It’s about 20 minutes until TNT Sports’ ‘Inside the NBA‘ halftime show when Charles Barkley saunters on set, where his esteemed co-host Ernie Johnson is already scribbling notes about a handful of ongoing games.
‘Who these people?’ the Basketball Hall of Famer asks staff in his famous Alabama drawl, gesturing to a group of infiltrators at the famed Studio J in Atlanta.
The answer, as Barkley learned, is a small group of reporters with British and Irish readers, all of whom TNT Sports hopes to convert into NBA fans. And although he’s not briefed on the journalists’ precise story angles, he reliably assumes they’re writing about him and, arguably, the most popular show in sports entertainment. So while he’s not about to give a full interview, Sir Charles does offer a single, sarcastic quote as he slowly makes his way to his customary seat, stage left: ‘This is hard work!’
It’s not long before co-hosts Kenny ‘The Jet’ Smith and Shaquille O’Neal arrive at the cavernous studio, where a steel-reinforced basket has been erected on the chance that the seven-foot, 300-something-pound Shaq decides to throw down a two-handed slam. Only on Tuesday night, with just a few minutes to spare before showtime, O’Neal is lining up for a baseline jumper — the kind of shot he abstained from as a pro, but Smith is wagering $100 he’ll miss, so the big fella opens fire and casually drains a 15-footer.
‘Shaq owes me more than that,’ Smith said later when Mail Sport asked if he’d be paying O’Neal $100. ‘You know how many bets that he hasn’t paid? And how many shots that I probably hit over the years that he’s never paid me?’
All of this takes place off the air, but to Inside The NBA devotees, it’s a familiar sample of the show’s DNA: What starts with basketball (in this case, O’Neal’s baseline jumper) evolves into an entertaining debate between friends, colleagues, and competitors.
Shaquille O’Neal (left), Ernie Johnson (center left), Kenny Smith (center right) and Charles Barkley (right) on Tuesday’s show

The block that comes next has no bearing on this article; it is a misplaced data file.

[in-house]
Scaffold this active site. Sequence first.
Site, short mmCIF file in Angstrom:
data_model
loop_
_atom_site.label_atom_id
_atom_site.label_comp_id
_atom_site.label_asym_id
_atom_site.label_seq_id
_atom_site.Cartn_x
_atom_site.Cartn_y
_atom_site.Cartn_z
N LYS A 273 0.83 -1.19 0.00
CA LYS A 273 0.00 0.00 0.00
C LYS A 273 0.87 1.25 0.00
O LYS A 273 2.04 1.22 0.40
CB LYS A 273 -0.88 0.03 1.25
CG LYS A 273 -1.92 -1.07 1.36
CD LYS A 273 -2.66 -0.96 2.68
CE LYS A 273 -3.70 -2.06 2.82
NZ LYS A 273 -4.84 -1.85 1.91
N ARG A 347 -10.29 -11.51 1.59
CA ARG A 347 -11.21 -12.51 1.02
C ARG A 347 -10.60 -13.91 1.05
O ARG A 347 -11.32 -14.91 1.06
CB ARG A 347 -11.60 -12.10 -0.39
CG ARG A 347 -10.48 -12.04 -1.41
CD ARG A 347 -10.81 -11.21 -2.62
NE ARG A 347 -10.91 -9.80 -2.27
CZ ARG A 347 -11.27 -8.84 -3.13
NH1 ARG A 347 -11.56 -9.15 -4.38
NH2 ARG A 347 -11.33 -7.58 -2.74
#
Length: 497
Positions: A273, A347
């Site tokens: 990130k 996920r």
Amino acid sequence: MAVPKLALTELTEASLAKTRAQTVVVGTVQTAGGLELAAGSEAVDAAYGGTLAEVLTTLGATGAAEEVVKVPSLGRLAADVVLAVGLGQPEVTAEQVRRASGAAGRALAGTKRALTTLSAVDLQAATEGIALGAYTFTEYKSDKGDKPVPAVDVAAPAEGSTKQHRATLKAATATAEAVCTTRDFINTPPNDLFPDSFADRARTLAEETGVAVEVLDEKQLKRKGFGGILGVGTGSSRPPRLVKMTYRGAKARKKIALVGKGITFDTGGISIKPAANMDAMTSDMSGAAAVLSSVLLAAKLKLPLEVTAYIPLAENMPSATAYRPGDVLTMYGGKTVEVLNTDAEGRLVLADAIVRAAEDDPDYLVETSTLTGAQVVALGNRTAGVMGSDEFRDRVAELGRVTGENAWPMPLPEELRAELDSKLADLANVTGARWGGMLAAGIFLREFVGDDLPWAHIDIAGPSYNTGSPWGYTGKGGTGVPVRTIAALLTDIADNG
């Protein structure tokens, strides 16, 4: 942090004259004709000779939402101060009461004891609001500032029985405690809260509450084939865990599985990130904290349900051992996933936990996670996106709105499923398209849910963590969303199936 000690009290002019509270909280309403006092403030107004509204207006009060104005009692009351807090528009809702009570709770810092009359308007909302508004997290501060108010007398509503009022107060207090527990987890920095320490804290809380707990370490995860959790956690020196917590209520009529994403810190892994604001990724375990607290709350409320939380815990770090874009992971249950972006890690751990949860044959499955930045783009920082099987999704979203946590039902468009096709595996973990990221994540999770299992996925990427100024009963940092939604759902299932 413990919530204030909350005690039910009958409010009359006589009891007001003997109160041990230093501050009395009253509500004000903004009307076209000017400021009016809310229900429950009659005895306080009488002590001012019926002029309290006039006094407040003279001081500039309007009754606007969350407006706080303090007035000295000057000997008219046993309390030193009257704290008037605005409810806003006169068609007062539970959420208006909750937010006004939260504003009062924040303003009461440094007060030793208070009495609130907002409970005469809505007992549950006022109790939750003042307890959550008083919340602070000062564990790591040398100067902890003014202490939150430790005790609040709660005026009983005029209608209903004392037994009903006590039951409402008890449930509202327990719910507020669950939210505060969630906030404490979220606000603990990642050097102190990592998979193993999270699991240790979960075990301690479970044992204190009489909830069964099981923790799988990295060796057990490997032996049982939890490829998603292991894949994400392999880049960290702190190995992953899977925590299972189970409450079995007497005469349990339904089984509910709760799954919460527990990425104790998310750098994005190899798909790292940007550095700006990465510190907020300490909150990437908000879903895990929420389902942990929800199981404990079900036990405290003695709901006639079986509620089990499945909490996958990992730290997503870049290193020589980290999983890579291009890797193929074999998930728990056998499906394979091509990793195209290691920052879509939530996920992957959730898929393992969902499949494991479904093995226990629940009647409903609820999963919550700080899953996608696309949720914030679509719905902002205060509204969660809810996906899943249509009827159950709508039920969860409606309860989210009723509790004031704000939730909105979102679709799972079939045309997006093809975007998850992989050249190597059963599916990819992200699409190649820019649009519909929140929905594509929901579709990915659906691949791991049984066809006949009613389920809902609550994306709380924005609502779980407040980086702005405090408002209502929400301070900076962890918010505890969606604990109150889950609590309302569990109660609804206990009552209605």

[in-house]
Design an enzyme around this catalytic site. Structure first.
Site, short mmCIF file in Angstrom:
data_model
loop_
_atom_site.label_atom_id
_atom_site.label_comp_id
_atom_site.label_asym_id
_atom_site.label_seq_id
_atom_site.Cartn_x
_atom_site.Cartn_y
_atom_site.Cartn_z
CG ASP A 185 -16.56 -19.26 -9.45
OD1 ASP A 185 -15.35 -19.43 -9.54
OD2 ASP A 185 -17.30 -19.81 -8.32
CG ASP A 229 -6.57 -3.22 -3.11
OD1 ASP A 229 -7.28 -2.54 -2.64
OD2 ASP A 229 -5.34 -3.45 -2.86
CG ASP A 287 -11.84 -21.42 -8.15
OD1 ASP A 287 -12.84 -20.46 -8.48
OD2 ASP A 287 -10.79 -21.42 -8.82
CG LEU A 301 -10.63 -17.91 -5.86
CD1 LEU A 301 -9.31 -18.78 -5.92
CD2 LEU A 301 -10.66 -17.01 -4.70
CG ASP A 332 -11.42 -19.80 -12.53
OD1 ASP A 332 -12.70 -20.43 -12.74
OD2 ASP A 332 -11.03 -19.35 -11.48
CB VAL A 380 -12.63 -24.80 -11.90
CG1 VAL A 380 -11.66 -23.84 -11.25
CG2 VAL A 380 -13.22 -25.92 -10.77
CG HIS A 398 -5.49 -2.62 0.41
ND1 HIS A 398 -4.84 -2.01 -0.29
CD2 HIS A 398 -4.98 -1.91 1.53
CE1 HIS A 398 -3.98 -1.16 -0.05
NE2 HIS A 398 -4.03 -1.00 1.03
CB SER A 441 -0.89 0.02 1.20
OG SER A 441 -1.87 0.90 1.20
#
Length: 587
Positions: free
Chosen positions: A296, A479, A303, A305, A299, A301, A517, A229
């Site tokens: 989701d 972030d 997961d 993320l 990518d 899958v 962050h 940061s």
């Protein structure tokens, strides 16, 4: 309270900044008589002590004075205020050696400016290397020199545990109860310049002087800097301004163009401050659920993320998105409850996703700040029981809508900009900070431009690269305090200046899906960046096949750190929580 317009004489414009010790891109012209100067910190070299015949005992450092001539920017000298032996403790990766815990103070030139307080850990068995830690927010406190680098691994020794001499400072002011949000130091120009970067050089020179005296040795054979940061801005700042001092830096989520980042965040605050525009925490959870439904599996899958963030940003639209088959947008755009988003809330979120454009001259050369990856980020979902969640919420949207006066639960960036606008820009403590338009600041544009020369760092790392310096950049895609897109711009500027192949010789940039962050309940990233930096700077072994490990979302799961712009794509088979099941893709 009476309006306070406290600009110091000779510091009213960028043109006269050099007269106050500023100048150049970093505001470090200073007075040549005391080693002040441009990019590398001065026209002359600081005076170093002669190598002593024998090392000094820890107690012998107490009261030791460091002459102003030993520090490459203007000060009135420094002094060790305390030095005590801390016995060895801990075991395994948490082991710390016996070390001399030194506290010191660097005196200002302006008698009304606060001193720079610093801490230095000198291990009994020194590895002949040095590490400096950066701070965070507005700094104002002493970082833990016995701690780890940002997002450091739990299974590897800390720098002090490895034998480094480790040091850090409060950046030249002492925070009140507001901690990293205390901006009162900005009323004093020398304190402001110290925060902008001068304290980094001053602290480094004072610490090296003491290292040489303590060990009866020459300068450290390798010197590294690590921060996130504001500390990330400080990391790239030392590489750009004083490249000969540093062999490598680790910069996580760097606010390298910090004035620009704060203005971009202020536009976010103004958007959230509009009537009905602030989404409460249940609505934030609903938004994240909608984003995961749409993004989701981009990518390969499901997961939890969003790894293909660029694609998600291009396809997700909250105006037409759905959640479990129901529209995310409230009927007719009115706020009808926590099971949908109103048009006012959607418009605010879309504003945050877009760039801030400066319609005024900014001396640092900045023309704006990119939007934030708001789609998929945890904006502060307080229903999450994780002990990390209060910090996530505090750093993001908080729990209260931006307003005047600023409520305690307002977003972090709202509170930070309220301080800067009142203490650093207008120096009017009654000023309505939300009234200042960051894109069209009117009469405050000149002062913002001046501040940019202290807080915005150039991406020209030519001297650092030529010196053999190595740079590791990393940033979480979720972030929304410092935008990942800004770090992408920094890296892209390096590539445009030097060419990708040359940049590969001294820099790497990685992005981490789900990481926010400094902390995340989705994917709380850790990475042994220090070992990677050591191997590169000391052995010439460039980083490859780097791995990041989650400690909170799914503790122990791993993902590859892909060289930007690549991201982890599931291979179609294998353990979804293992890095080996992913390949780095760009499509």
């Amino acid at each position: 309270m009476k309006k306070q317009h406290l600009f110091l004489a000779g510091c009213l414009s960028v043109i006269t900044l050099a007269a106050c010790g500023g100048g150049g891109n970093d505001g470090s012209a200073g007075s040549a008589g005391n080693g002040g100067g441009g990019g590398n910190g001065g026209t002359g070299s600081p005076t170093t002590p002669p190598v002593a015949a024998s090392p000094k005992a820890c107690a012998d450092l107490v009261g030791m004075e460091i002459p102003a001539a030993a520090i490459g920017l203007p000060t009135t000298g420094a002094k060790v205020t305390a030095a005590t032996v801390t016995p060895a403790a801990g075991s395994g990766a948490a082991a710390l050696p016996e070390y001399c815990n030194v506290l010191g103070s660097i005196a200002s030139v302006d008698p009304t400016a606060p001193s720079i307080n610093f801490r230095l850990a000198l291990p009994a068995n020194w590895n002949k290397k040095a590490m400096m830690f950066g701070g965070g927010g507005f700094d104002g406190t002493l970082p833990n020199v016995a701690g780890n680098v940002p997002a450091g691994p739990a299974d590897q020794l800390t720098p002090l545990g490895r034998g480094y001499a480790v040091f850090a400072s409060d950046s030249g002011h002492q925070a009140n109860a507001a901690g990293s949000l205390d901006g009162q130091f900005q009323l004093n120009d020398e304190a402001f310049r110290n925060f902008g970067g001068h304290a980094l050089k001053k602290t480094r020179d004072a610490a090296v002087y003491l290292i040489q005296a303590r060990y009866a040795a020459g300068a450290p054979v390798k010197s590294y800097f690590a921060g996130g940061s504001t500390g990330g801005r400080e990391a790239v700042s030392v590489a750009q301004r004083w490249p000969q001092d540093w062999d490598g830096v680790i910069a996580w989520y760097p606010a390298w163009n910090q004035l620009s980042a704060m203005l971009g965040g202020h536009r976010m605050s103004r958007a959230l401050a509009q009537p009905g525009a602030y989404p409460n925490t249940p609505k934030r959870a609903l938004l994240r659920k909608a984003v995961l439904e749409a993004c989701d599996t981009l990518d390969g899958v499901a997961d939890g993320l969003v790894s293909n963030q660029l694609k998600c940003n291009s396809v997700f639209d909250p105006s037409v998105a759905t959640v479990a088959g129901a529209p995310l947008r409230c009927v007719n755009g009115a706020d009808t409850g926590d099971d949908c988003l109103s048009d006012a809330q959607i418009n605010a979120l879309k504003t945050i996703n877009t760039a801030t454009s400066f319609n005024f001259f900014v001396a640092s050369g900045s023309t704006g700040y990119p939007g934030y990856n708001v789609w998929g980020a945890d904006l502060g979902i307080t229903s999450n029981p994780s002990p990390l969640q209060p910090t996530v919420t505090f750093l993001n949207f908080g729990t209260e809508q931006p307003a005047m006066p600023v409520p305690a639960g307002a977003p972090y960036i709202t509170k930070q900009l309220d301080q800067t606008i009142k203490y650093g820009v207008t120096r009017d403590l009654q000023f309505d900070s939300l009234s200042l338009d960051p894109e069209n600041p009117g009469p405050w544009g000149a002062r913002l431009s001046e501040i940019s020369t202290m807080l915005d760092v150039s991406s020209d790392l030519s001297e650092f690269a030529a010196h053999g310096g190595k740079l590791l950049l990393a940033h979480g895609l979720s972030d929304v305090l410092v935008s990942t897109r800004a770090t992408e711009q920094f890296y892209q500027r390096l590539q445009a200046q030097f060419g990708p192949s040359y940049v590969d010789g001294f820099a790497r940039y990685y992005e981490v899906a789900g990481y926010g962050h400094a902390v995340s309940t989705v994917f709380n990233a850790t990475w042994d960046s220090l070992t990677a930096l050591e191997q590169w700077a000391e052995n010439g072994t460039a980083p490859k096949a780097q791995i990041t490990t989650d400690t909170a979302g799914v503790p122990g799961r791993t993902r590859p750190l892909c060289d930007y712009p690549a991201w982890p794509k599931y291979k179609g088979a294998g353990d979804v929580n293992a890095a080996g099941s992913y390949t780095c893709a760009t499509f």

Shaquille O’Neal, 51, and Ernie Johnson, 67, have now worked together on Inside The NBA for around a dozen seasons
Smith (left) says Barkley (right) is responsible for ’99 percent’ of the controversies on TNT Sports’ Inside The NBA
Such an exchange might be less familiar to British and Irish audiences, but TNT Sports’ parent company, Warner Bros. Discovery, aims to change that this season after obtaining the NBA’s regional media rights.
As a result, TNT Sports will broadcast nine games a week across the British Isles through the regular season and the first two rounds of the NBA playoffs. Additionally, the channels will air five games on Christmas, three matchups on Martin Luther King Day (January 15), and the knockout stages of the league’s inaugural in-season tournament, not to mention the last two rounds of the NBA postseason, ending with the Finals in early June.
But simply blasting some basketball games across the North Atlantic in hopes of cultivating an audience isn’t practical.
Two TNT Sports execs bringing the NBA to the UK: Atlanta-based Craig Barry (left) and London-based Scott Young
For starters, there’s the inconvenient time-zone difference, not to mention younger viewers’ reluctance to watch entire games from start to finish.
So in addition to the live, pre-dawn game broadcasts, daytime shows featuring highlights and commentary have been crafted to inform fans about what they missed while they were sleeping.
Above all, the content has to feel authentic, whether it’s consumed by live television audiences or someone scrolling though social media the following day.
‘This generation that really enjoys watching NBA loves the style of production that comes out of the US,’ said Scott Young, Senior Vice President of Content and Production for Warner Bros. Discovery Sports Europe. ‘They love the US narrative.’
And that’s where Inside The NBA factors into the equation: An American cultural touchstone, offering something to both hardcore and casual basketball fans.
‘I think we really love that intersection of sports and culture,’ said Craig Barry, the Executive Vice President and Chief Content Officer for Warner Bros. Discovery Sports. ‘We understand our obligation to the hardcore fan, but we also understand our equal obligation to the casual fan, right? And that’s kind of the differentiation in the way that we create our content. [We] approach it in this really honest, unapologetic, authentic way.’
Intertwining basketball with pop culture has been Johnson, Barkley, and Smith’s approach for two decades, or so, including the last dozen years with O’Neal.
Yes, it is a sports broadcast, but Inside The NBA aspires to attract more than just sports fans.
‘I think we’re the number one entertainment show,’ said Smith, a former NBA guard. ‘Not sports — entertainment. Because it just happens we’re talking about basketball. That’s the subject that we’re talking, but we entertain and that’s what separates it. And Shaq is an entertainer; Charles is definitely an entertainer; I’m an aspiring entertainer, I guess; and Ernie entertains.
‘So the greatest compliment that we ever get is, I hear this a lot now: ”I don’t watch the game. I watch you guys.”’